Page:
In the end, both Anime taught me the value of persistence, intelligence, and believing in yourself, the people you love, and the things you hold dear. They both proved to me that I could muster all the power in the cosmos if I needed to, and as a child that’s a wonderful thing to be told – that if you really REALLY tried, you could call down lightning and make the earth shake – and even if you can’t, it’s more important to believe that you can, so when you approach life, you go at it with your all because you not only believe in yourself, but you believe in what’s in your heart.

Those are the kinds of child-like values I don’t ever want to part with. And yes, I’m still an Anime superhero in my head. I can still call down lightning, and I can still conjure fire at will, because I’m awesome. Of course I can’t in real life, but in my head? I’m fighting demons and proving my strength and worth at all times. Sure, you’re probably reading this and thinking I’m reading far too much into it, but there’s something to be said for getting those kinds of powerful self-belief messages when you’re young and impressionable. Going through life with the belief that I can do anything if I set my mind to it is a powerful thing to wake up in the morning with, and I’d recommend it to anyone.

So what about you? What was your first Anime, fellow geeks? Did you take anything away from it that you think shapes you as a person? Let me know in the comments.





7 responses to “What Does Your First Anime Say About You?”

  1. Rachel Avatar

    If I remember correctly, my first anime series was Ranma 1/2, from which I learned the valuable life lesson that being doused in water will cause you to grow breasts. I think that’s where my fear of showers came from…

  2. Eric Avatar

    The first anime I ever consciously decided to watch was Tenchi Muyo, back when it first started airing on Toonami.

    I’d hate to imagine what kinds of messages I may have picked up on and absorbed. >.>

    But that was when I was like, 11 or 12. I don’t think I watched much anime at all before then, or any.

  3. Lauren Avatar

    Mine was Unico. I still love me some Unico. So I guess that makes me ..a shapeshifting magical KAWAII unicorn?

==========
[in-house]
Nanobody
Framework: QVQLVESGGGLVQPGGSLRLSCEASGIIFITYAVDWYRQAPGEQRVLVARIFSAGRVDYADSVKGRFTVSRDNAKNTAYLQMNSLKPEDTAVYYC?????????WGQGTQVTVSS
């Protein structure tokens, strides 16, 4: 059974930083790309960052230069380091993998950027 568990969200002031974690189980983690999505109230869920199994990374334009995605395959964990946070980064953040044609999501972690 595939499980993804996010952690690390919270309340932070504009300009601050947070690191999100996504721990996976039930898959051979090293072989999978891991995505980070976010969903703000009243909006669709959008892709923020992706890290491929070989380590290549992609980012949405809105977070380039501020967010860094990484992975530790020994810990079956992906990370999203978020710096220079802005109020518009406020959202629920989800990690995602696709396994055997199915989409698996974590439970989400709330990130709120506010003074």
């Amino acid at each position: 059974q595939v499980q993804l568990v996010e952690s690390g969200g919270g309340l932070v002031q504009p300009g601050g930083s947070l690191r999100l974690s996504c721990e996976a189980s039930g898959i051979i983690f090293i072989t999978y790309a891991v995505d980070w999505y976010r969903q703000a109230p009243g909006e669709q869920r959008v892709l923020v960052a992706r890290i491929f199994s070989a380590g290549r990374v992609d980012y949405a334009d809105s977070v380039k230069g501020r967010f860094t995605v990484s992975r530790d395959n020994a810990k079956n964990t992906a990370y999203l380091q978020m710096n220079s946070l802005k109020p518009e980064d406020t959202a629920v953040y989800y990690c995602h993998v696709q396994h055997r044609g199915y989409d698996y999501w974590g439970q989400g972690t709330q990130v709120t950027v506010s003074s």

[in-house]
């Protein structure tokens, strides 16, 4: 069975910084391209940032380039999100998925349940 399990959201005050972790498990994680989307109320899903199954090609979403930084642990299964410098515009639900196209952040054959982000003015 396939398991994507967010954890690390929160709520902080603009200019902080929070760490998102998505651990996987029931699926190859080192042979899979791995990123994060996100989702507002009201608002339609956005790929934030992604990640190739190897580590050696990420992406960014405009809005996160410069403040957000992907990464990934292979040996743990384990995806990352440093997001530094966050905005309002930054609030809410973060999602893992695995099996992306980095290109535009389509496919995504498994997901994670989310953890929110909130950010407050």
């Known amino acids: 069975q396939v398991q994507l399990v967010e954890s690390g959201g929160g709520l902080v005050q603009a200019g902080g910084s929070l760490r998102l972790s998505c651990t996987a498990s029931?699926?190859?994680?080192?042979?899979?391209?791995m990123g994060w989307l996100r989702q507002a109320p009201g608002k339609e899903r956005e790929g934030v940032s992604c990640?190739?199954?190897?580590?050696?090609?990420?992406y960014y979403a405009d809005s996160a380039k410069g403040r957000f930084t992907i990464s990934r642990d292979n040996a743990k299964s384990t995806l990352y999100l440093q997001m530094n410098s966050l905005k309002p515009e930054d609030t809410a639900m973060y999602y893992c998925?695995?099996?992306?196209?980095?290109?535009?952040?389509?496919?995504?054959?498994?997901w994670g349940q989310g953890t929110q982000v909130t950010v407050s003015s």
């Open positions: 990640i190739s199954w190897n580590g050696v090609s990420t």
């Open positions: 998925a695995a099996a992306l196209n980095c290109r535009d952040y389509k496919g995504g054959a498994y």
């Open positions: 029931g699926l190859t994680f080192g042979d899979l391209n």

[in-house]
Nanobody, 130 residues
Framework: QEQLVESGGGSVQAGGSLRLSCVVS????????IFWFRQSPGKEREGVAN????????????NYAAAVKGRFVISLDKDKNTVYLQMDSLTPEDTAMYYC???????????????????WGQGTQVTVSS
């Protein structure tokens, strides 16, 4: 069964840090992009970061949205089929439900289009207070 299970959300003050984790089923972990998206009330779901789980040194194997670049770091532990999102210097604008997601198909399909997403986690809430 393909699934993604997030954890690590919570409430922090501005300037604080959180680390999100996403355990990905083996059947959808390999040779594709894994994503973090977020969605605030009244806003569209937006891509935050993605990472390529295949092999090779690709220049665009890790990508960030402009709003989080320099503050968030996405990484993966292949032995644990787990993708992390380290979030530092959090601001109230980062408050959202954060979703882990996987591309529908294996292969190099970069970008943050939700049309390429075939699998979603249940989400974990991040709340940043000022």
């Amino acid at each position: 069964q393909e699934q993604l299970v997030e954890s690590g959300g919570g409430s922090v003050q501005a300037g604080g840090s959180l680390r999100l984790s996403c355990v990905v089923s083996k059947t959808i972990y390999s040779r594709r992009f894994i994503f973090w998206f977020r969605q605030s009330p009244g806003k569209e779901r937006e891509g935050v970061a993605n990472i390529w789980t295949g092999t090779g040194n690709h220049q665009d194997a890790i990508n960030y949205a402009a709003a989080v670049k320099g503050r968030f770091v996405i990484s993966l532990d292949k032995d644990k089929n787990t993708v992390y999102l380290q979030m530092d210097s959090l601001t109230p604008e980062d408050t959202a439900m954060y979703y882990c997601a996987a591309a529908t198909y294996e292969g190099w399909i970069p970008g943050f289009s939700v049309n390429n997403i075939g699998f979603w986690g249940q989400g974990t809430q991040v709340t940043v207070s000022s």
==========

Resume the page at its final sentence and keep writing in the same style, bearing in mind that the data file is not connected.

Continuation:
4. Alan Henry Avatar

    I fondly remember Tenchi Muyo actually – if there’s anything you can come away from that series with, it’s the cabbits are adorable, you never know when your pets will turn into starships, and never underestimate the power of wooden things. :D

    Although it really was a great series! I wish I could ever be lucky enough to have women like Ryoko and Ayeka compete for my attention.

  5. Susan Avatar

    Unico was my first anime as well. I didn’t realize it was anime specifically until much later. I think what I took from it was a strong desire to make others happy, just like Unico did to everyone he encountered. The episode that I remember best is the episode where he saves the girl from the evil lord/monster by transforming into a pegasus. I think to some extend everyone wishes they could be the hero for the ones they love.

    The first anime I saw knowing it was an anime was Blood Reign: Curse of the Yoma. Quite a jump from the happy little unicorn! I think what I took away from it was a sense of destiny, and second chances, along with an appreciation for gore.

  6. […] What’s that, another new segment? That’s right – for those of you who have been with The Classy Geek from the start, you’ll remember that one of the launch articles was a piece I particularly like called What Does Your First Anime Say About You? […]

  7. […] very dear to my heart. I mentioned it as one of the first titles I remembered from my youth in What Does Your First Anime Say About You?, and it was definitely a formative story for […]